Sunday, August 12, 2012

The Last Book Sale Is History

I had quite a bookish adventure this weekend - and I almost missed it!

I woke up about 5:15 on Saturday morning and grabbed my iPad to check the headline articles on the Houston Chronicle website.  One of the articles was exciting enough to have me wide awake in seconds.
The Last Book Sale  - Day 1
The first day was over, but I still had a shot at getting there in time for some of the last day of the auction.  But I really had to hurry.  I was on the road in 20 minutes to begin my 357-mile road trip, stopping only once for gasoline and a quick look at the auction site to see when the modern first editions in the sale might come up.  It appeared that would happen shortly after the break for lunch, so I still had hope.

The drive took me almost six hours, but when I found the building being used to register bidders (and to collect their cash deposits) I was told that the modern firsts had all gone before the lunch break.  In fact, about 1200 lots were gone and 300 or so remained to be auctioned.  Because the $50 deposit was not refundable - and because I wasn't really all that interested in the remaining lots - I decided not to register.

All was not lost, however, as I enjoyed wandering around little Archer City for much of the afternoon while mingling with book-buyers from all over the country.  There was so little fiction in the auctions (not really surprising since that is the way I remember Larry's old Houston Booked Up store being stocked) that I probably would have had to overpay anyway if I wanted to bring anything home.

So...a few pictures from my afternoon are what I have to show for the 715-mile roundtrip.  And, of course, lots of good memories - and those were free.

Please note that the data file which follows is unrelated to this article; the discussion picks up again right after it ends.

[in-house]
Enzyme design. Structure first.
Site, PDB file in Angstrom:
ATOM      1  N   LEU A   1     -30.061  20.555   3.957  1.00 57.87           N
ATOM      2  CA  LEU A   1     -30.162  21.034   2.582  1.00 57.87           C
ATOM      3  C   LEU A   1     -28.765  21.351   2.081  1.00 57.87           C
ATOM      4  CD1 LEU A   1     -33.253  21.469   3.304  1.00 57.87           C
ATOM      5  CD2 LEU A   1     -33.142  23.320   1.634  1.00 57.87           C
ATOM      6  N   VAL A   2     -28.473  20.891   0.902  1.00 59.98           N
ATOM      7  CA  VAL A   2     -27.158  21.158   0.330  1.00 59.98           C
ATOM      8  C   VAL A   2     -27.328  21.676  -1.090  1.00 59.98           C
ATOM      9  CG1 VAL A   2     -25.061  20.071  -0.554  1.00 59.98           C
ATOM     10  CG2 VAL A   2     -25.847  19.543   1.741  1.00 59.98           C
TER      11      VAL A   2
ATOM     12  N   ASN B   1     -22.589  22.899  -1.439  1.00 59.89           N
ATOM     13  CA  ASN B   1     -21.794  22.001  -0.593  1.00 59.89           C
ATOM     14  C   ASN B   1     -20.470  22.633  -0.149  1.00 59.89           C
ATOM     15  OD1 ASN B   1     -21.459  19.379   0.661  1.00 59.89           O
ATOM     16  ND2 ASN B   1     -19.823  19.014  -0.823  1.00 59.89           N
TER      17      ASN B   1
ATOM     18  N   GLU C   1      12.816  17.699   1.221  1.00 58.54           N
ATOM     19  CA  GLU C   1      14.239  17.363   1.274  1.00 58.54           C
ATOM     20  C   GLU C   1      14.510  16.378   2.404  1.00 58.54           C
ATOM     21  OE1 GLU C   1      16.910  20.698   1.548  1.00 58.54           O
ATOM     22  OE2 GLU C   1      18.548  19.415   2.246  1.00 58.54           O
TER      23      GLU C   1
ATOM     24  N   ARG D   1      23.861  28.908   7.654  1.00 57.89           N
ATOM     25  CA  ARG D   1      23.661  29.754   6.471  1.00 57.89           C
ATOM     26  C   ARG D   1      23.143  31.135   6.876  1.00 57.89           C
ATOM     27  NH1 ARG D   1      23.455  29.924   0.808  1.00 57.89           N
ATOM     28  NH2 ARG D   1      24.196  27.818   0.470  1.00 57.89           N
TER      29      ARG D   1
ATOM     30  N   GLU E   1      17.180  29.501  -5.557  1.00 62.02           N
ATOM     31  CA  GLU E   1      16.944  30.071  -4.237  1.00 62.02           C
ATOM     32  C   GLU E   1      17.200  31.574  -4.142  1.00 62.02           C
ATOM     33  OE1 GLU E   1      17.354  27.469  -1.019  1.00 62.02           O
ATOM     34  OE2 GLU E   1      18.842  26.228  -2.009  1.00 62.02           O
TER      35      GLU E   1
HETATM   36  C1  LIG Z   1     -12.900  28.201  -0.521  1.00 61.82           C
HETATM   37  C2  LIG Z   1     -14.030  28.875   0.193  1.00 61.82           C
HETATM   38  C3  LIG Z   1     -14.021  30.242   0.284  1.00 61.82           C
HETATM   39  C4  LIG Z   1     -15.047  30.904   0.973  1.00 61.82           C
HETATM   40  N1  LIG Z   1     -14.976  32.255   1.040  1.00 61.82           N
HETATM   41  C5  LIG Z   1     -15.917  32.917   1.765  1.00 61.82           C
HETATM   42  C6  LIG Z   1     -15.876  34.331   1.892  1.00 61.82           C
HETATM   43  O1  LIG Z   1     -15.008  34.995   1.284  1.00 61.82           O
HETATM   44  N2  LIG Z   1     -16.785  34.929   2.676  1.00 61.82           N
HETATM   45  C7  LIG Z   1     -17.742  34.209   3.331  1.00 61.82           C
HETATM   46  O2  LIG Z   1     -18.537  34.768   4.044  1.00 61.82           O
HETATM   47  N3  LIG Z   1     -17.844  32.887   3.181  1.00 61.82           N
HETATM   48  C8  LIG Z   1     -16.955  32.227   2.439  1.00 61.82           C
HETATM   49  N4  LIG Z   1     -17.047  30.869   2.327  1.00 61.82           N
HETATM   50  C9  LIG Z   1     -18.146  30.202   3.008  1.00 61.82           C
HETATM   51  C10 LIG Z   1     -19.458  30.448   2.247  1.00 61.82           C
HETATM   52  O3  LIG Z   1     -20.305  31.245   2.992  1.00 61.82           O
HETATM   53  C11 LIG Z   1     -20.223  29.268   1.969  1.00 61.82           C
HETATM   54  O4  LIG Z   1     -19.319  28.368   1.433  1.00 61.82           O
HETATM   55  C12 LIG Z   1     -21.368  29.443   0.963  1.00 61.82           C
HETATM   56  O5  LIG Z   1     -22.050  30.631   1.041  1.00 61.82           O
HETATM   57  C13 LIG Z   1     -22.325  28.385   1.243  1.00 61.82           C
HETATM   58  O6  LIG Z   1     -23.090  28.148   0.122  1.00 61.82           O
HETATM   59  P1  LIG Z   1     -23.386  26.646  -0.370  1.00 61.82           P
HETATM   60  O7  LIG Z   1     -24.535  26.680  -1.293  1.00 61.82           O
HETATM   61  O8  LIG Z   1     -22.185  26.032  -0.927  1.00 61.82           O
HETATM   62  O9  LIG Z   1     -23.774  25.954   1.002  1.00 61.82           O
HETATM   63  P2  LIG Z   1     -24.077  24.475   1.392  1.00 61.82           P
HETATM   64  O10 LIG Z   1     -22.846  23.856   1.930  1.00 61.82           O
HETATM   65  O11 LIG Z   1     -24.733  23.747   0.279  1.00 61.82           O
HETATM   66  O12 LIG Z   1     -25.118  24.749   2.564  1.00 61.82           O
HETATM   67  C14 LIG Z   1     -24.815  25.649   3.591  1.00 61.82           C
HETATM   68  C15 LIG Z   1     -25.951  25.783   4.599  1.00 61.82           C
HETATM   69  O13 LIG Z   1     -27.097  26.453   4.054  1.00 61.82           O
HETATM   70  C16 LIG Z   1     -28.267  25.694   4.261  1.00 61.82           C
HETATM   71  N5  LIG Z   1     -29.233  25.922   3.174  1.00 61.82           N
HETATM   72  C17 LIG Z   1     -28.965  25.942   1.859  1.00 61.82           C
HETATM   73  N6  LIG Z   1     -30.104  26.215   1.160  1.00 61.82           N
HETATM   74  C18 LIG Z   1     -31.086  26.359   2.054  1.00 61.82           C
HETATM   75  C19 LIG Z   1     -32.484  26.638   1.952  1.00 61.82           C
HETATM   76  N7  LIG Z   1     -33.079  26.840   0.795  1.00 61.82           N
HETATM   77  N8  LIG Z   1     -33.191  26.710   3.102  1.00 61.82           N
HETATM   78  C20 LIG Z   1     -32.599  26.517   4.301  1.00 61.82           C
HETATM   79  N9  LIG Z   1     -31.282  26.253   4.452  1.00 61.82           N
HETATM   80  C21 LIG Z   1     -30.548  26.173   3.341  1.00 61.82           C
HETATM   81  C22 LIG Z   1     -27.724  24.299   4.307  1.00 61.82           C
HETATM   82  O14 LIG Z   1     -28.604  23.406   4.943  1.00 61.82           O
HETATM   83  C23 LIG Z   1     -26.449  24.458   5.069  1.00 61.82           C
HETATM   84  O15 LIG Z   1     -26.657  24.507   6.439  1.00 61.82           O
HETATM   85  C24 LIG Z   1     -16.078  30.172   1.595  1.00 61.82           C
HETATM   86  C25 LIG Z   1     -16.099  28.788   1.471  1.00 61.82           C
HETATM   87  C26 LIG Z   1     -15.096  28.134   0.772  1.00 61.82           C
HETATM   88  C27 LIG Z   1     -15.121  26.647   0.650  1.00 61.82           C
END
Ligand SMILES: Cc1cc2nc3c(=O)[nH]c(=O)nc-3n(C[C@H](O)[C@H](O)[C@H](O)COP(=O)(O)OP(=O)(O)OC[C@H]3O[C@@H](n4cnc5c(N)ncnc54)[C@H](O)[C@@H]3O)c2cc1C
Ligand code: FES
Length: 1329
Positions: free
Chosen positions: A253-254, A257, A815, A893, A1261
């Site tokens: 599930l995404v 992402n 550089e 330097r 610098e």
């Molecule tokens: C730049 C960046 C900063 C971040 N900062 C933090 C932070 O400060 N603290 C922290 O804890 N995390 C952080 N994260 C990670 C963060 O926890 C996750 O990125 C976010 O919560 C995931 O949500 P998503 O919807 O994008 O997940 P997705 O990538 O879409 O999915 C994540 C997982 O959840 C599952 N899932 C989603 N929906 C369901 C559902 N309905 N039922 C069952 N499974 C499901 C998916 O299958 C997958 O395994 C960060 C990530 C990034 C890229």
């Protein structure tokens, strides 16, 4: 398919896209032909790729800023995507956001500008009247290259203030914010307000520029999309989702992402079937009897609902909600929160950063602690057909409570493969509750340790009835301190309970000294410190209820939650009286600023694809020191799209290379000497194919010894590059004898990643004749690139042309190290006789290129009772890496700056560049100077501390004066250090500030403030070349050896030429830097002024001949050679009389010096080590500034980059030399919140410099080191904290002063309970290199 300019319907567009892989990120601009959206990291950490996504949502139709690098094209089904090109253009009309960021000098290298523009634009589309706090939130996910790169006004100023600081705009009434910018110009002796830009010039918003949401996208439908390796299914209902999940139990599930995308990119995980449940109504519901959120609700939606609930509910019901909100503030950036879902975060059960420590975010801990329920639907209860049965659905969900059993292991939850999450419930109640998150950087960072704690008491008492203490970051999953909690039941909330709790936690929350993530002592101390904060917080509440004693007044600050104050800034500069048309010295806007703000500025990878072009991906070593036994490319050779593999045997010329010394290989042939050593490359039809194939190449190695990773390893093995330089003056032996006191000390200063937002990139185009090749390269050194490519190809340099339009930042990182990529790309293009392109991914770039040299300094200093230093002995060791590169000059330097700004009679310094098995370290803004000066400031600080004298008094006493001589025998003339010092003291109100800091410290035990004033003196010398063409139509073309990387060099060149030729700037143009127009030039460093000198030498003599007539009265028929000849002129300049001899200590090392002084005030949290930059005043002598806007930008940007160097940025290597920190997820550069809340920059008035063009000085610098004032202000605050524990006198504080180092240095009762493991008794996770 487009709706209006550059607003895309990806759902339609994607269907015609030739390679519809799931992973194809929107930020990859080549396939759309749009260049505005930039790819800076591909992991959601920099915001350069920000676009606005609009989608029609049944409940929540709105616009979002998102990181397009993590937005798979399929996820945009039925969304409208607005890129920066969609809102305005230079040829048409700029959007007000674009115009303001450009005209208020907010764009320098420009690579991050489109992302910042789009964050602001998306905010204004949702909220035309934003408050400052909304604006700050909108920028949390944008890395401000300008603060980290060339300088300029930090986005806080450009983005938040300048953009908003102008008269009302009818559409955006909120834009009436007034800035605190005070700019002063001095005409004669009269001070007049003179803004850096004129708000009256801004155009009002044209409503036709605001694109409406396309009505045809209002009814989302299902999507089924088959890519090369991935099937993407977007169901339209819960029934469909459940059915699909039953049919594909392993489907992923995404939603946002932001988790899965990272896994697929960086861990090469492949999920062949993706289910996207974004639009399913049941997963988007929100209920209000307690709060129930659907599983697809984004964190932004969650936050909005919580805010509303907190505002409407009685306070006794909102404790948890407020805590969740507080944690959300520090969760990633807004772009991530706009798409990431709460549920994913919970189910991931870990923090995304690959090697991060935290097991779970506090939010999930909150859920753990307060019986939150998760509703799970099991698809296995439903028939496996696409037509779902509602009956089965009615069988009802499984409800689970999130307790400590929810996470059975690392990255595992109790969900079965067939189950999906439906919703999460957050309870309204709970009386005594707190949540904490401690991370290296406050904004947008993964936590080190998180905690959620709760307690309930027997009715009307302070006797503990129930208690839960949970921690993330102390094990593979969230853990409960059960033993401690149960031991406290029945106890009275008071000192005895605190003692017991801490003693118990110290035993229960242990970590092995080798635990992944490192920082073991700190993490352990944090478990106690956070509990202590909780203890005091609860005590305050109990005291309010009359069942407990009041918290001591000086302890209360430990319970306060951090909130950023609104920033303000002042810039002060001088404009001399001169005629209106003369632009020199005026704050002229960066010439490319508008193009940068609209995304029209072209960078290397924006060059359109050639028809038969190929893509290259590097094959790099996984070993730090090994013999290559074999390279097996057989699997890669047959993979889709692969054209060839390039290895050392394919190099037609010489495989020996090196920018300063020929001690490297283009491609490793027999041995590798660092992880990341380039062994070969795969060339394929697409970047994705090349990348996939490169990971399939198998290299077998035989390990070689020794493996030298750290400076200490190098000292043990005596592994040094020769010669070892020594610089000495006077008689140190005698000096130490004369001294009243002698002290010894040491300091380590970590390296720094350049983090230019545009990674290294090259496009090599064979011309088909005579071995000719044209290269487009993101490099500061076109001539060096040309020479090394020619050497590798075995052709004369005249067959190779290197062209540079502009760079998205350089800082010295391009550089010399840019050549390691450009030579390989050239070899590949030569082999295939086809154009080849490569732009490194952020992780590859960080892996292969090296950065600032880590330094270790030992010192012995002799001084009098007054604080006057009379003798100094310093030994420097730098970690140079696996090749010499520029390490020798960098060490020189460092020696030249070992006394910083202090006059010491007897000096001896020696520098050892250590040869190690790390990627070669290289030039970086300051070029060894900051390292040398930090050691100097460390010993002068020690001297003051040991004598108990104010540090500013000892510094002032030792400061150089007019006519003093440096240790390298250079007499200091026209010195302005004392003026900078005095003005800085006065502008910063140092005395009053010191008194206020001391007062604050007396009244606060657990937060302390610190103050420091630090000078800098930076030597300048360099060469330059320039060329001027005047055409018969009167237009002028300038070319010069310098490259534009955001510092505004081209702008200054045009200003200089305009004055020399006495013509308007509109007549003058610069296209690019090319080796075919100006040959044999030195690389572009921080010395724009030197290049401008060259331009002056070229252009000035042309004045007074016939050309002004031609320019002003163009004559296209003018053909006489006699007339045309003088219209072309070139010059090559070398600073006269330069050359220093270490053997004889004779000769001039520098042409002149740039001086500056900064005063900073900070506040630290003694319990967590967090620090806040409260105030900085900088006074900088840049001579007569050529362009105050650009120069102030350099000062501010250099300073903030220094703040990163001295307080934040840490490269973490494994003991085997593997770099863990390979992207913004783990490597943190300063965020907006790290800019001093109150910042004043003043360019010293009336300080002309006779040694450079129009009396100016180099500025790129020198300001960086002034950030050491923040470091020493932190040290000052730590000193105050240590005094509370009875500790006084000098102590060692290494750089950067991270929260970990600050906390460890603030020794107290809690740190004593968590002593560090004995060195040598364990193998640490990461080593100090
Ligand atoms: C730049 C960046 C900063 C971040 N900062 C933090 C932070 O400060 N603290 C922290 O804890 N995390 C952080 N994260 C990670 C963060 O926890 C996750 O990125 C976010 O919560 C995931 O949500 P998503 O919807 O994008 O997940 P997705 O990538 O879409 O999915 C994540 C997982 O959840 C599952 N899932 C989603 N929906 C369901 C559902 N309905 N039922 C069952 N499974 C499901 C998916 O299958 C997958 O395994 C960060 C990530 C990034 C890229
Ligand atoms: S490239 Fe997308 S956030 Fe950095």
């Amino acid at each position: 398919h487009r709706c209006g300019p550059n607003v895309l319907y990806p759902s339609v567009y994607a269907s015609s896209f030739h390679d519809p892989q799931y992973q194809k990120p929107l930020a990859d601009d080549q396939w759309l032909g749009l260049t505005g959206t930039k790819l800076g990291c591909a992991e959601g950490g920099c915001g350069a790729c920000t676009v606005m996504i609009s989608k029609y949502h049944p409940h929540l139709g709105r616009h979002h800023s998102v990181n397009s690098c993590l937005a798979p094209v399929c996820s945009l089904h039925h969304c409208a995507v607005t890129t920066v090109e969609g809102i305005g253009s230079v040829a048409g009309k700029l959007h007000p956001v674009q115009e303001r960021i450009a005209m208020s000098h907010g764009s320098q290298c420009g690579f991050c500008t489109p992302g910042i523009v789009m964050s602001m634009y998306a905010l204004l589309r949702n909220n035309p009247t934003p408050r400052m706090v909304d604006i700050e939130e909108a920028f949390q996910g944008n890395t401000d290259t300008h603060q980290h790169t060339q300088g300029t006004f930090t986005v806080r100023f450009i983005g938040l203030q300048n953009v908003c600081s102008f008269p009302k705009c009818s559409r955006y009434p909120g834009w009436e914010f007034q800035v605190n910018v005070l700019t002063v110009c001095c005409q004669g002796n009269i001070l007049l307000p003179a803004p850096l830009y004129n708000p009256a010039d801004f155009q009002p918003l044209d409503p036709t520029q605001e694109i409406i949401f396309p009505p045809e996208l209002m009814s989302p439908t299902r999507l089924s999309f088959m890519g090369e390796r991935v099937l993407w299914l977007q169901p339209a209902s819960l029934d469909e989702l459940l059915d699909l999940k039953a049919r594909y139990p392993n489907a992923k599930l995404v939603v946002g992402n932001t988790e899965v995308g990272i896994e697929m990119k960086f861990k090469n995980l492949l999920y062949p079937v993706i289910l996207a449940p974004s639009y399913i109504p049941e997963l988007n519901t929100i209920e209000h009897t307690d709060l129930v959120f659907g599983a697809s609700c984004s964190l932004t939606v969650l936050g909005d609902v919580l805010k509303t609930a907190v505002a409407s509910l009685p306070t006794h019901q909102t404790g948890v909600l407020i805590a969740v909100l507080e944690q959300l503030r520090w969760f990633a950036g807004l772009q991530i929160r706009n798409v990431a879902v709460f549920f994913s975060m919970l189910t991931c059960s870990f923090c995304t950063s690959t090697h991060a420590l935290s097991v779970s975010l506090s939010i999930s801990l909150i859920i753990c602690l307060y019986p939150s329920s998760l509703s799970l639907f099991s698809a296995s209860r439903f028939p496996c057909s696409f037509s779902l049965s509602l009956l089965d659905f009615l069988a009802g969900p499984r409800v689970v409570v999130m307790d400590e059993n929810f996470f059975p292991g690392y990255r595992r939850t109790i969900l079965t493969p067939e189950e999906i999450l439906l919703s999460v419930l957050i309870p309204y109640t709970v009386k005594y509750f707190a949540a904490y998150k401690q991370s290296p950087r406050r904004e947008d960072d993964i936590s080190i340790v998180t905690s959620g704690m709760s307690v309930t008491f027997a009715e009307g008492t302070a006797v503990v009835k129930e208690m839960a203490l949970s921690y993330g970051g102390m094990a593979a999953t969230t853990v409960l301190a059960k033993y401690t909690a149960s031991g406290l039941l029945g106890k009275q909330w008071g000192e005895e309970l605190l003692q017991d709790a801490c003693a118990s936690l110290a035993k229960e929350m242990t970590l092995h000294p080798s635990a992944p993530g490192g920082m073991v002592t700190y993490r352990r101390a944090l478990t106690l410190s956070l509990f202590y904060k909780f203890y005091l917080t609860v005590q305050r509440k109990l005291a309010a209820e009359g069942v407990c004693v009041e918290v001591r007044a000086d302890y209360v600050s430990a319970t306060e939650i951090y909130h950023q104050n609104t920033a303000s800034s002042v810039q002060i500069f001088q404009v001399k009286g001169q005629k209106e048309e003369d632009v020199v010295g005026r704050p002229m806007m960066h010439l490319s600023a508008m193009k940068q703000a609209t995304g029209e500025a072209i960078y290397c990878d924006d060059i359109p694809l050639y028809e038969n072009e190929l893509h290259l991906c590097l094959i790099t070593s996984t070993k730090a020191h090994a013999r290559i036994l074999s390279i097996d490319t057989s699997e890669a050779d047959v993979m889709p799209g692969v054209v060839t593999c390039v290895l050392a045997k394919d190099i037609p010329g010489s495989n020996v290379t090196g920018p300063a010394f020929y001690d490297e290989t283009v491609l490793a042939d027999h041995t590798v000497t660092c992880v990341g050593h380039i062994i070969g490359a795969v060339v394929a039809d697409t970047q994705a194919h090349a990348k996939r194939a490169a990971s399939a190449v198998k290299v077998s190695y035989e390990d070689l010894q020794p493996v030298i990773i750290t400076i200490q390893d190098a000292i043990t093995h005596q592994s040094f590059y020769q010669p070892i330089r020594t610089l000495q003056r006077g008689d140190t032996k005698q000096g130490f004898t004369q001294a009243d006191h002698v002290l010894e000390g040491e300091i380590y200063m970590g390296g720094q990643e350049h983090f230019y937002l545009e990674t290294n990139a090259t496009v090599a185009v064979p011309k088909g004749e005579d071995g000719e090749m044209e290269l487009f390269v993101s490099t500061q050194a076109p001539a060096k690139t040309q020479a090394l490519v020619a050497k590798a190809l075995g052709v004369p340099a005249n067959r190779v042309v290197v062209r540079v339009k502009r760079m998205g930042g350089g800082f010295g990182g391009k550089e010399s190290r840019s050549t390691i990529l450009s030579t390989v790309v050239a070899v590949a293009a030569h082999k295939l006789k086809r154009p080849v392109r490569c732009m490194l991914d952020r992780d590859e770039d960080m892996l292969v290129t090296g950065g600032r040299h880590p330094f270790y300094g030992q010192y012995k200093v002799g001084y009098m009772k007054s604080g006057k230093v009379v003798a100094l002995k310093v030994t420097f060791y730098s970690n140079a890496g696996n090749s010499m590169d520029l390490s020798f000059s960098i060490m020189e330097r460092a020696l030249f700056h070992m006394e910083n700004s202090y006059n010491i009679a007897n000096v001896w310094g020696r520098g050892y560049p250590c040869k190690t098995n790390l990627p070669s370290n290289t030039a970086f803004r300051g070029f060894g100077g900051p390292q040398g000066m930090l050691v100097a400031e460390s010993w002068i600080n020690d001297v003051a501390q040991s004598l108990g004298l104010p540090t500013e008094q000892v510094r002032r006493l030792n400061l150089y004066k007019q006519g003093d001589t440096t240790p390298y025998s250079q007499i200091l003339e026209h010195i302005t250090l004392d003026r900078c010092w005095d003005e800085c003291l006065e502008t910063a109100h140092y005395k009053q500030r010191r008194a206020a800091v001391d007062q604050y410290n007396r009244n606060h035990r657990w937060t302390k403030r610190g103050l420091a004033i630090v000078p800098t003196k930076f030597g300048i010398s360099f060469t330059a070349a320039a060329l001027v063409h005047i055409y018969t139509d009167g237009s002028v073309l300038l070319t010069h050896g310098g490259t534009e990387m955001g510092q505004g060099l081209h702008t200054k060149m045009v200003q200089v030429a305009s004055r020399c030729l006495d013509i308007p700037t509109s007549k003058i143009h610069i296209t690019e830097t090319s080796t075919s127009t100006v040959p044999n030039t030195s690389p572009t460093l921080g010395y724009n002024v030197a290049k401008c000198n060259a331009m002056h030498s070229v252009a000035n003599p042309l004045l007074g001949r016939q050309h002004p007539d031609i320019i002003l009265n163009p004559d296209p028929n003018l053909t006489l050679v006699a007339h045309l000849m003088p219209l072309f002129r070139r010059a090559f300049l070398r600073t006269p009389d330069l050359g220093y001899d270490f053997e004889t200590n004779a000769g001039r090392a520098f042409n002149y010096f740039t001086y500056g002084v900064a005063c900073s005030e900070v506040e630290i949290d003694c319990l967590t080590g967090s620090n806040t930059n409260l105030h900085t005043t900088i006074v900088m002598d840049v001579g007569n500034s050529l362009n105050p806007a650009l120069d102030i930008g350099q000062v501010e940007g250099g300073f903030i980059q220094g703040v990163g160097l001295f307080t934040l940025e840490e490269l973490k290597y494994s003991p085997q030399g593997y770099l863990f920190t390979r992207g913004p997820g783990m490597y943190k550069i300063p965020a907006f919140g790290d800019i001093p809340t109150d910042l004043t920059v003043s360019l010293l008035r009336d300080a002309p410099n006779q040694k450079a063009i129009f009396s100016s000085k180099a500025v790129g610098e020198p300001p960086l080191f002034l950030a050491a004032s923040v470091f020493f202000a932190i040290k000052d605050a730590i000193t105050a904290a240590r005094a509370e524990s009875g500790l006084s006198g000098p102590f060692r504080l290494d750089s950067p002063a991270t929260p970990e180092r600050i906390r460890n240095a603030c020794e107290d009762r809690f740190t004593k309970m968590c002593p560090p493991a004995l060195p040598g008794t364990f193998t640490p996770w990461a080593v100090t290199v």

The movie theater made famous in The Last Picture Show

Booked Up. No. 4, the auction site

Booked Up No. 3

Archer City's Public Library

The Spur Hotel

The Old Jail, now a public museum

The County Courthouse (across the street from Booked Up 4)

Interesting Marker, on courthouse grounds
(Click on the images for larger views)


  1. I so would have done this. It really sounds like it should be scene in one of his books to me.

    But a 50 dollar non-refundable deposit is ridiculous. Was the auction for charity?

  2. James...I would not be surprised if something like this two-day auction doesn't end up in a book someday. Maybe he'll bring back "Cadillac Jack" someday and make him a book scout.

    No, the fifty bucks went as a credit against purchase but if you ended up empty-handed in this auction, you walked away with emptier pockets anyway. Enough to scare me off since I was only half-interested, at best, in the lots that were still available. I would have felt obligated to spend more than $50 just to use the money I had stupid is that?

  3. Are book auctions held often, like that? I don't think we have many open up here in Canada. I"m surprised that you were able to resist, I think if I drove for 6 hours, I would want to buy something! You did get some lovely photos of historical places, so all was not lost. $50 is a lot of money though, if you don't see something you really want in it. So good for saving your money for what you do really want to own.

    The things we do for books!! I enjoyed this post, Sam.

  4. Thanks, Susan. No, this was the largest book auction I've attended. Its scale, if nothing else, was unusual for around here. Most of the remaining lots were political histories, books on world history, and the like. They just aren't of a type I'd want to spend my book budget on, so passing was easy enough. Still, though, a fun day and I'm glad I decided to make the drive.

  5. Too bad you missed out being able to get anything at the auction, but totally cool that you could even go in the first place!

  6. Stepfanie, I am really happy that I made the Archer City book auction even without coming home with any of the books. I did buy books regularly from Larry's Houston bookstore for a number of years, and even saw him there a couple of times. Seems like a lifetime ago.